Research Seminar: John Mackey

An Extended Application of the Pentatonic Scale

 

John Mackey PhD Candidate Edith Cowan University Perth, WA

An Extended Application of the Pentatonic Scale

 

Abstract

My research is an ethnographic documentation of my unique improvisatory concept. I am proposing the introduction of a new modal concept. My hope is that this concept will become part of the mainstream pedagogical literature. The system is called the Major Penta - Talvian Concept, or MPTMC,  taking traditional scales and forming pentatonic scales off each note of any given scale, (Tonicization) without adhering to the parent home key.   The concept is graduated and contains a series of chromatically charged layers whilst executing the pentatonic scale.

This research focuses on the development of improvisatory vocabulary utilizing the pentatonic scale and tonicization, which creates a chromatic environment within the traditional framework of any given scale or mode.

Permutated combinations of four note groupings derived from the pentatonic scale create a multitude of melodic options. I seek to prove the effectiveness/usefulness/practicality of the MPTMC, through the composition of multiple notated examples and explanations of varied combinations of pentatonic scales and scale fragments, and their relationship to chord sequences.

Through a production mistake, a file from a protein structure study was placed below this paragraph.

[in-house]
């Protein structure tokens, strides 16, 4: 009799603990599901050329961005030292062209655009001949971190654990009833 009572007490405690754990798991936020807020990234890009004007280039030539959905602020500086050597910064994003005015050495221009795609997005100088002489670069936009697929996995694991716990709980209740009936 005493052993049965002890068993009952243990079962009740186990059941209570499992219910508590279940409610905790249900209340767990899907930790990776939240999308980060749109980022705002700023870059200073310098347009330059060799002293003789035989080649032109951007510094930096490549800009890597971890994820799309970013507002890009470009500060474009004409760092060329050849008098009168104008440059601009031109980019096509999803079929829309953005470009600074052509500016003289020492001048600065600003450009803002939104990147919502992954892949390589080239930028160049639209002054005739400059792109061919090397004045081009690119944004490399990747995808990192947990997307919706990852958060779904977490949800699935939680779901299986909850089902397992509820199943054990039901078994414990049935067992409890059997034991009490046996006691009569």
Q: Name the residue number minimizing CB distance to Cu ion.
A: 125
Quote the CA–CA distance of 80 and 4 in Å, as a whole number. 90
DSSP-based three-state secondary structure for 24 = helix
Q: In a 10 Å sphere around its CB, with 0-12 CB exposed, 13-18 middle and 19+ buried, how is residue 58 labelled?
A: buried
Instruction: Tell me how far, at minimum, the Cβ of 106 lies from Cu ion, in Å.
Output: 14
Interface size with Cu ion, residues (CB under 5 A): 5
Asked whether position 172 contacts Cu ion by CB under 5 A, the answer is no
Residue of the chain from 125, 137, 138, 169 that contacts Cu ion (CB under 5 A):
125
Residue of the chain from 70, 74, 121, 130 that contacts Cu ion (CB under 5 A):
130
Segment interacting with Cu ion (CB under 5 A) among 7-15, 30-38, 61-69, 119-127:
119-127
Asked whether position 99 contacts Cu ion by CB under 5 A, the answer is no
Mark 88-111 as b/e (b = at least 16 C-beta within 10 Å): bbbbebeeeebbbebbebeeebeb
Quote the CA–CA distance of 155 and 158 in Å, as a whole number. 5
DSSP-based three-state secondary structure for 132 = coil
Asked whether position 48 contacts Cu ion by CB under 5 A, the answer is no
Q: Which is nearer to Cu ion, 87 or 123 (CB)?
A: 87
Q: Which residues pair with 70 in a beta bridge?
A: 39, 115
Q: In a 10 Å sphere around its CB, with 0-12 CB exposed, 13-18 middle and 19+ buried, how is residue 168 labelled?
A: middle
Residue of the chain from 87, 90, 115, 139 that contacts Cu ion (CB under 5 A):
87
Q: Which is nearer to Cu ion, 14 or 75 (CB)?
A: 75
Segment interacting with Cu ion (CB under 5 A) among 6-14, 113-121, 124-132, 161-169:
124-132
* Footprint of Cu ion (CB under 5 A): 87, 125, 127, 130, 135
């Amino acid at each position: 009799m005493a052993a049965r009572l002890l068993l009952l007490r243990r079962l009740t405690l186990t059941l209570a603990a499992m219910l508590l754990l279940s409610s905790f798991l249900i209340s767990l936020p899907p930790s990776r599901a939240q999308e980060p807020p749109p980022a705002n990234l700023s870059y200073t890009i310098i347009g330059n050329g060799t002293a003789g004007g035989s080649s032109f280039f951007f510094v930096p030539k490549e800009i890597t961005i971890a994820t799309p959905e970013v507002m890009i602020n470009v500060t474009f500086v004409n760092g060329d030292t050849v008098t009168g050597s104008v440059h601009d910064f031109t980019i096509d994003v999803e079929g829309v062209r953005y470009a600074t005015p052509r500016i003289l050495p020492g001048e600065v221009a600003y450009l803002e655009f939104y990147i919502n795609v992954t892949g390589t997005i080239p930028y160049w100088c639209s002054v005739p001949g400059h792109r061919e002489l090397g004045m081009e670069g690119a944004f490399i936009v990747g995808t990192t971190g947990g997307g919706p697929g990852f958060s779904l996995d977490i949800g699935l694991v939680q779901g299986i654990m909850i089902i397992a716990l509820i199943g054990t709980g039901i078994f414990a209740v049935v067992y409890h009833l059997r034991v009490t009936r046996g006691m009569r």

The following research questions may be addressed throughout the PhD journey.

 

  1. What mathematical and formulaic structure underpins the application of the Major Penta-Talvian Modal Concept?
  2. How does a soloist, superimposing scale-tone major pentatonic scales over a variety of chord sequences, create vocabulary using the MPTMC?
    1. How can the improviser regulate the percentage of dissonance and consonance during a solo, allowing for freedom in the way that the concept is shaped?
  3. How blended pentatonic lines are created utilizing the MPTMC?
    1. How does a soloist apply blended pentatonic scales over standard jazz compositions?
  4. How does an improviser apply blended pentatonic lines within original works composed in a pan-tonal style?
  5. As a practitioner, how does one learn and apply the MPTMC, and create new vocabulary for use in improvised solos?

Question 5 will be explored via the handout provided during this week's research seminar. 

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